Next Fynbos ID courses:
Tues 5 to Fri 8 Sept 2017 and Sat 11/Sun12 and Sat 18/Sun19 Nov 2017
Looking for similarities and differences to sort plants into groups is the first step.
August 2017 ID group
Kara, Linde, Lynne, Margie, Trevor and Margie inspect the plant samples and put them into a group based on how they survive environmental conditions
Proteas, Ericas, Restios and Bulbs……….
Most of us know that this is how we know that we are in the fynbos but what does this really mean?
It means that there are four main ways that plants adapt themselves in order to survive harsh, windy dry summers, raging fires, poor soils and cold, wet winters.
Some plants have leaves that are hard, leathery and fibrous with a very thick cuticle to prevent water loss. They do not wilt in the harsh summer conditions. Most members of the Protea family have these sclerophyllous leaves, but what do we do with the ones that don’t? Where do they belong.
Ericas and Ericoid leaves
The easiest way to limit water loss in summer is to reduce the size of your leaves. This is what many fynbos plants have resorted to.
There are many different groups of plants that use this strategy and not all of them are Ericas.
So the term Ericoid is used to describe small leaves. This means buchus, daisies, phylicas, Brunias and Protea family members like Serrurias could all be lumped in the group with the Ericas.
Confusingly the term Ericoid can also be used to refer specifically to the rolled nature of Erica leaf margins….. so it all depends on the context.
Restios or reeds
Restios look sort of like grasses and reeds. The main difference is that they have dispensed with their leaves and all that is left is the base of the leaf sheathing the stem or culm.
The smooth, green culms have taken over the energy trapping function usually carried out by leaves. In addition, they are excellent mist traps. the smooth, cold culms cause water to condense and run down to the roots. Some species of the Restio family have finely divided stems that increase the efficiency of extracting water.
It is easy to put a plant in the Restio group because of what it looks like but small flower characters have to be used to ascertain Genus and species.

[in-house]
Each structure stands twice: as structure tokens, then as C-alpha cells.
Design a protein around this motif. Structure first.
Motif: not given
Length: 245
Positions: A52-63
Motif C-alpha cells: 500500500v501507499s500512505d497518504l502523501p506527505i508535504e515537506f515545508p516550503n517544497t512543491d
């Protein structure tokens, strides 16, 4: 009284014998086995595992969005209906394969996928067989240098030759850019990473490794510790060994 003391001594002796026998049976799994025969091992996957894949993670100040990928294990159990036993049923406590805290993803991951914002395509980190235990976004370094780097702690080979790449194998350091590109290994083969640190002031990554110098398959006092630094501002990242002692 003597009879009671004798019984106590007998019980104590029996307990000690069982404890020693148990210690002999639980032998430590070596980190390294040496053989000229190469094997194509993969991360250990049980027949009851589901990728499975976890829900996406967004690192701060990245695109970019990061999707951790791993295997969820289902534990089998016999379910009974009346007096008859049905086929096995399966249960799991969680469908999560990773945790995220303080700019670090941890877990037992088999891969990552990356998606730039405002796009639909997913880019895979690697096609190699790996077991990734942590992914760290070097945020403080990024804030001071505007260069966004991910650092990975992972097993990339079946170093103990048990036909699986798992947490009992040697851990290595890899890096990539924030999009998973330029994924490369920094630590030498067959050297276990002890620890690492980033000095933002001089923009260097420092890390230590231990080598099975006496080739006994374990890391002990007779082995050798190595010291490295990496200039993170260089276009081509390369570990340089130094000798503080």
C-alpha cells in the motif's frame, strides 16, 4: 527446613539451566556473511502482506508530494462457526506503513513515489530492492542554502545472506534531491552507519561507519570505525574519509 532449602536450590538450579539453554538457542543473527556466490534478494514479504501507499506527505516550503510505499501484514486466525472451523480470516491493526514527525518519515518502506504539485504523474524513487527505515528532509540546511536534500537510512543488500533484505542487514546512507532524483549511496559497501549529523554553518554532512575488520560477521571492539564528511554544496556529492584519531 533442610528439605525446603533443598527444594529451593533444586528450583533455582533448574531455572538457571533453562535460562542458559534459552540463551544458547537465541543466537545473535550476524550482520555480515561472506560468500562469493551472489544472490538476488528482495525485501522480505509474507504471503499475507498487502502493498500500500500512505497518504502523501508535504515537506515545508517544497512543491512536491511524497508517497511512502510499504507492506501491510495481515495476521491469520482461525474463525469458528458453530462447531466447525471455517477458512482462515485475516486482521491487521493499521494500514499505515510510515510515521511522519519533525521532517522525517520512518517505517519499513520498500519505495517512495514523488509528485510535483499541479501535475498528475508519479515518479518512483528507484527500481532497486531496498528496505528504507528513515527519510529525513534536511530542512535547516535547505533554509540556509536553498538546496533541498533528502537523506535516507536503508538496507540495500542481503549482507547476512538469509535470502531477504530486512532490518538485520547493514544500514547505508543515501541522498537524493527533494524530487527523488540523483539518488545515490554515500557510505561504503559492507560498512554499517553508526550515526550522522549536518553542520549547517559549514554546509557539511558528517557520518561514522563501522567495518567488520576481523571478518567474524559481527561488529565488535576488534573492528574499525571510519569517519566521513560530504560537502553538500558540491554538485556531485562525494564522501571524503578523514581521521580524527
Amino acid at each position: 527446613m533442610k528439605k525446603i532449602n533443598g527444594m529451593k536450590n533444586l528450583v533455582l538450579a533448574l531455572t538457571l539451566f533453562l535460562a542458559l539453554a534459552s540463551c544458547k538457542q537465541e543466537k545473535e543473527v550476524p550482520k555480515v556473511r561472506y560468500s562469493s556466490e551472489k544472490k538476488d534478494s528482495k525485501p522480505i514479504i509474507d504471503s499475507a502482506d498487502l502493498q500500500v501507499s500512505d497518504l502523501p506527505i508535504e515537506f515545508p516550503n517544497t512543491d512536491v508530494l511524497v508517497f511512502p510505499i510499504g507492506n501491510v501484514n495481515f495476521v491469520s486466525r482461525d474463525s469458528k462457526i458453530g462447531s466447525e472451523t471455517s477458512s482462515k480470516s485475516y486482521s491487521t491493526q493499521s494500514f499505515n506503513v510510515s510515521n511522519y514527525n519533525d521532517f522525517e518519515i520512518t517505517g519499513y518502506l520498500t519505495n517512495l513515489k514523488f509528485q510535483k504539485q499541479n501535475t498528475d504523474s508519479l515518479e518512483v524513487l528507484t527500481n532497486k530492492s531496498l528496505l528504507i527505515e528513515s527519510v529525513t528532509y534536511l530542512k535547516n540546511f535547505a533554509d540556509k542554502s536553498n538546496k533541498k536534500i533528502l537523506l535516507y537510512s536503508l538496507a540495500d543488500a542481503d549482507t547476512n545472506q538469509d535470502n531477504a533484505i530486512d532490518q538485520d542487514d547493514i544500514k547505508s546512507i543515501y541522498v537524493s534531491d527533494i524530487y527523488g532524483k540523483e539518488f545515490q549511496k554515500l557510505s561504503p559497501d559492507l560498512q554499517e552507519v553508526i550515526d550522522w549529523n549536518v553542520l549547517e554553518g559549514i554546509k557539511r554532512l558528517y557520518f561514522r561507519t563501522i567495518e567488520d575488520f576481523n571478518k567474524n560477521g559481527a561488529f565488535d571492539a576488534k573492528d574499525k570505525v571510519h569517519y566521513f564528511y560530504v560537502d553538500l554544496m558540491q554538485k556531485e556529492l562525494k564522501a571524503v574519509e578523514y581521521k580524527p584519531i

Geophytes : bulbs, corms, tubers and rhizomes
The term geophyte is any organ that stores food and water underground and hence the term USO’s (underground storage organs)
Plants can shunt water and carbohydrates to any part of the plant for later use.
- swollen roots are called tubers
- swollen leaves form bulbs
- swollen horizontal stems are called rhizomes or tubers
- swollen vertical stems are called corms
- swollen leaves inside the seed are called cotyledons
The geophytic survival strategy is excellent to hide away from the summer drought but also helps plants evade fire and hungry predators.
Other: many fynbos plants don’t conform
It is impossible to put all 9000 species of fynbos plants into only four groups.
Grouping species into families based on overall similarities of roots, stems, leaves and flowers and of course genes gives us our current system of classification
Flowers and inflorescences
Flowers are the sex organs of plants and their function is to efficiently facilitate transfer of pollen between different flowers.
Reducing the size of individual flowers and clustering them together in large heads increases the chances of cross pollination from a single pollinator.
For the first time Fynbos Fundi, distinguishing the difference between a single flower and a head of flowers is very important.
All daisies and proteas have complex heads of flowers !!!
Some people rote learn plant names but can seldom tell you why a plant belongs in a specific group.
Familiarising the features of fynbos families by drawing, dissecting and recording is a good way to train yourself.
Start with species you know………
If you work with plants you know first, you discover interesting features by reading in the text. This helps you to connect to the botanical jargon and embeds the existing information in your head into the botanical framework.
Aloe Family : ASPHODELACEAE
Does this Bulbine look like the Aloe below?……
They both have actinomorphic, heterosexual flowers with a superior ovary of 3 carpels. The number and positon of parts in the flower is the same but the way the tepals attract pollinators is different.
Bulbine flowers have tepals arranged in an open star shape
Aloes have tepals arranged into a tube.
Yellow sap is a feature that most of this family have.